13. I have a tiered back yard since it is so steep. The previous owners put white decorative rock on the layers. I got busy and cleared two tiers--Instant raised garden beds! This week I shall plant vegetables, fertilize, and put in new topsoil, not in that order. Next year I will attempt berries of all kinds.
    Patrice, I think you should write another book. Your pictures are fabulous. Your pic of the dandelion and daughter's comment led to a pretty good blog entry. I'll bet you could do a lot with that idea.

    ReplyDelete
  14. i'm all in...in the garden that is. the last of the corn is in and all i am waiting on is some rain.
    beans are comming up and the peas are sending runners.

    http://xtronsgarden.blogspot.com/?view=classic

    ReplyDelete
  15. Cold, windy, and rainy here all week, but we've been in a drought so we're grateful for the moisture. On the one sort-of pleasant morning we opened our top bar beehive to check on the girls. They used up almost all their stored honey to get them through our warmer than normal winter (since it was warmer they were more active and therefore used more honey). Many of the combs are being filled with nectar, good brood pattern and no pests, so we added a few more empty bars for them to draw comb on and expand the hive. That same morning we replanted celery and broccoli plants that were destroyed in a recent hail storm. Most of the remaining plants were protected by walls of water or tunnel netting and will recover. In between storms DH removed the winter/spring crops from the greenhouse so that we can plant summer crops. After removing all root clumps he sifted 8 five gallon buckets of compost and spread it out in the greenhouse beds, then raked it into the top 2 inches of soil. During all the rain we designed the new blackberry trellising system and new compost bins, reorganized the den, baked bread, defrosted the freezer, inventoried all the food storage and home storage items, and shopped to fill in whatever we were low on. I also did research on my new church calling as "Provident Living Leader"...I'm going to enjoy this! Every night we've spent an hour treating a chicken for bumblefoot. We opted to not do the surgery and instead are doing a 10 min soak on each foot with tricide neo. It's an alternative treatment that seems to be working...just takes time. I climb into the coop (its raised off the ground with part of the run extending under it), take her off her roost, put an old sock over her head, wrap her in an old towel. Climb out of the coop, taker her in the shed, lay her on her back and clean all the "gunk" off her feet, then do a 10 min soak on each foot. Return her to the roost, then go back in the shed and disinfect everything. Would love to have gotten more cleaning done inside this week, but I've been nursing a pinched sciatic nerve.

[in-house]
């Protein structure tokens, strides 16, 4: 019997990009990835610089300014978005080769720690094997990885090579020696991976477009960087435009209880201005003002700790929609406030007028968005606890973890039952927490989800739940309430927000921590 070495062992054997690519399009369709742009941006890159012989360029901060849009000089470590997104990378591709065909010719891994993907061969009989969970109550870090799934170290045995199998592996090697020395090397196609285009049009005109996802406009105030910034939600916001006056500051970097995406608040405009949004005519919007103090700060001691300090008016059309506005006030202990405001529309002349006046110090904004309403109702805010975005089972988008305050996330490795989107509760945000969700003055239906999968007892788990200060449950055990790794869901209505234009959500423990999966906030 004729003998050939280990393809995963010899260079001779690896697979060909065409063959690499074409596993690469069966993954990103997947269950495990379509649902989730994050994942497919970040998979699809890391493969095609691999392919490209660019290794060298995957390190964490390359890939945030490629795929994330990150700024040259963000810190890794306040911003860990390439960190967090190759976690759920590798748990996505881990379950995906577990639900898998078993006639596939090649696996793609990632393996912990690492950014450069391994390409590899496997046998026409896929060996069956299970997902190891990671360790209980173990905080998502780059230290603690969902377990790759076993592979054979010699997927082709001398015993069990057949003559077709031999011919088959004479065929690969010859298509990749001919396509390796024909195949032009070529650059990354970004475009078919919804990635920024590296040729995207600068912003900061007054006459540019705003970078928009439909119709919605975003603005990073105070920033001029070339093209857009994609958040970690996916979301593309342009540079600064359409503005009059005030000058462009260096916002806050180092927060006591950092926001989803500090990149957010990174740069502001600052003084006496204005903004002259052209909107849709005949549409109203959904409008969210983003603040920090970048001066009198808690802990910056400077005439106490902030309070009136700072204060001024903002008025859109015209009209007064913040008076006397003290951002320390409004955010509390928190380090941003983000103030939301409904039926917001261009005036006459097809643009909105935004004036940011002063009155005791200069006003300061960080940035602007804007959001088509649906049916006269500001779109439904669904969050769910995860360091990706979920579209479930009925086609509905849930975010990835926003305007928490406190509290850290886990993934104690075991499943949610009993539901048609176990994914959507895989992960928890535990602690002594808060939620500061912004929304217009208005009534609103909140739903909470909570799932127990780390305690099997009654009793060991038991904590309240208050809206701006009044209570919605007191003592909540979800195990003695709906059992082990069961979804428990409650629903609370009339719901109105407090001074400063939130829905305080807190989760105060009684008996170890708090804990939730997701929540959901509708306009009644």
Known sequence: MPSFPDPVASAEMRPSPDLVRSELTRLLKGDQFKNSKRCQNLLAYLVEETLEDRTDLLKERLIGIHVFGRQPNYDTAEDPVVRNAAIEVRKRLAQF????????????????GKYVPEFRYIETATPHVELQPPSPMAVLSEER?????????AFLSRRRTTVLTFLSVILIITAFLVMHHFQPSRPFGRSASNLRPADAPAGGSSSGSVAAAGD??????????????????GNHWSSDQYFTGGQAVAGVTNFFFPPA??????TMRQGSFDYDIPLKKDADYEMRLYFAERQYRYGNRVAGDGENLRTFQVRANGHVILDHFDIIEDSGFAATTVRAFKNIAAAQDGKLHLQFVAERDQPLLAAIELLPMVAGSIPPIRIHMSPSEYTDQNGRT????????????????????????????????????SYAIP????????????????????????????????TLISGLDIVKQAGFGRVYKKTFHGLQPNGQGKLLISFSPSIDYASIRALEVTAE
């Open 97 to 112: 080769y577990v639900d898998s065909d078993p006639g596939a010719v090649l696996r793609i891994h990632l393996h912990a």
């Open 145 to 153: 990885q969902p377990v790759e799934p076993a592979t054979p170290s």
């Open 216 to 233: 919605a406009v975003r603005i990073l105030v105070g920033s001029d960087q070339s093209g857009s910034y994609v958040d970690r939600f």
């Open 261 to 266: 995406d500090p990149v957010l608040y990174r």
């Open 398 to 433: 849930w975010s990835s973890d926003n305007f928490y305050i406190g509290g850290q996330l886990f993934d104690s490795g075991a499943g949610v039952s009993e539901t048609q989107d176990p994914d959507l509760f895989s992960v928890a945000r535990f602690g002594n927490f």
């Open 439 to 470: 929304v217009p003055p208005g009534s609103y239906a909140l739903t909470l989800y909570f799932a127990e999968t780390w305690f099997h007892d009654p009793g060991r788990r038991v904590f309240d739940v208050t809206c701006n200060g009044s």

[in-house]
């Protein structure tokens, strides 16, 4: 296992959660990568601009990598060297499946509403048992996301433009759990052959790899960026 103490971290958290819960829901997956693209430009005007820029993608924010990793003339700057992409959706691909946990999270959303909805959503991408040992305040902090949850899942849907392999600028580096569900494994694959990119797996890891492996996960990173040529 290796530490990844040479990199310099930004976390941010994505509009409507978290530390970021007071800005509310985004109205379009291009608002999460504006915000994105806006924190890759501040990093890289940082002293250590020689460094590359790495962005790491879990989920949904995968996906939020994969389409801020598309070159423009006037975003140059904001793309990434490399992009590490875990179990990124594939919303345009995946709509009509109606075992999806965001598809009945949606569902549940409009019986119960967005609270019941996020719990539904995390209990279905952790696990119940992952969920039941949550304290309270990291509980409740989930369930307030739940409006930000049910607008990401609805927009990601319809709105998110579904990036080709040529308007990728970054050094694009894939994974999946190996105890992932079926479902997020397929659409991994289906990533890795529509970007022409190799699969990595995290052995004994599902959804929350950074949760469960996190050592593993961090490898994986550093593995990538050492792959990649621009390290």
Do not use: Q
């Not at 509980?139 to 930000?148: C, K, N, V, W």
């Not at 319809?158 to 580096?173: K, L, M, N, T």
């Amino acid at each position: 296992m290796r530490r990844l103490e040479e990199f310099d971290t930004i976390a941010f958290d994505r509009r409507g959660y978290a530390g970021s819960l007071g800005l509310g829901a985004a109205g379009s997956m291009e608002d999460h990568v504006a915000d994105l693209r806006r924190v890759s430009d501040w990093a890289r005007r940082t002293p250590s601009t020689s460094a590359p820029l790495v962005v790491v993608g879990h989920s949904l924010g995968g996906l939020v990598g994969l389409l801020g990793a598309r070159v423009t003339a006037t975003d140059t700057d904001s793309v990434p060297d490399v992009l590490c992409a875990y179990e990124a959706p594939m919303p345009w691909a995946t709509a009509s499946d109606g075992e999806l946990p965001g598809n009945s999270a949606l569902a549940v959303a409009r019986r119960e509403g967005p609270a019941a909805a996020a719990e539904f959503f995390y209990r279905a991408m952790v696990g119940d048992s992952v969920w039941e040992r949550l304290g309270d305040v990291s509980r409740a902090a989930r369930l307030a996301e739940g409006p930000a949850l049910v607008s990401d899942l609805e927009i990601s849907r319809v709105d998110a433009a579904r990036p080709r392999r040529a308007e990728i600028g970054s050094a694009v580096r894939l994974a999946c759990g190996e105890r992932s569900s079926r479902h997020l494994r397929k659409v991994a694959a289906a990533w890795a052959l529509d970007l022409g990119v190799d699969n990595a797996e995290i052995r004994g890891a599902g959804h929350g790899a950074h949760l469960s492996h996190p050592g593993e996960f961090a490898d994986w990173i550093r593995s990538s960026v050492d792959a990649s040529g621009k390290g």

ReplyDelete
  16. I've just begun a "Friday round up" on my blog as well only I do it on Wednesdays and call it "Independence Days Challenge". :) Same exact idea only with specific categories.

    I'm excited to see how your bees turn out! We're on our 3rd try here- they keep dying over winter!

    Aubrey

    ReplyDelete
  17. A bit late for this roundup, and a bit early for the next, but I will be gone for two weeks. We canned 7 quarts of vegetable soup, five pints of diced chicken, and one pint of chicken stock. Along the way I found out that my canner's rubber blow out valve, had dried up enough to fall out, and that I need a new gasket for the lid, so we used my parents old Mirro canner. When I get back, we're going to buy the Presto from Walmart, finances you know, but it will surely last me a few years. My daughter and I found a recipe for canning sweet and sour chicken, and she gave me a thumbs up for that. I still have 10 lb of chicken breast and tenders to can up, (so that recipe is next in line) and this week the grocery store has the chicken quarters (legs/thighs) for 49 cents a lb., and my orders are to buy twenty pounds worth. That is my, should be this next Friday's Roundup, I just won't be here to post it. I'm looking forward to canning pork-n-beans and 13 bean soup with ham my neighbor gave me. Your blog has inspired me to try new things, and I thank you for that.

    ReplyDelete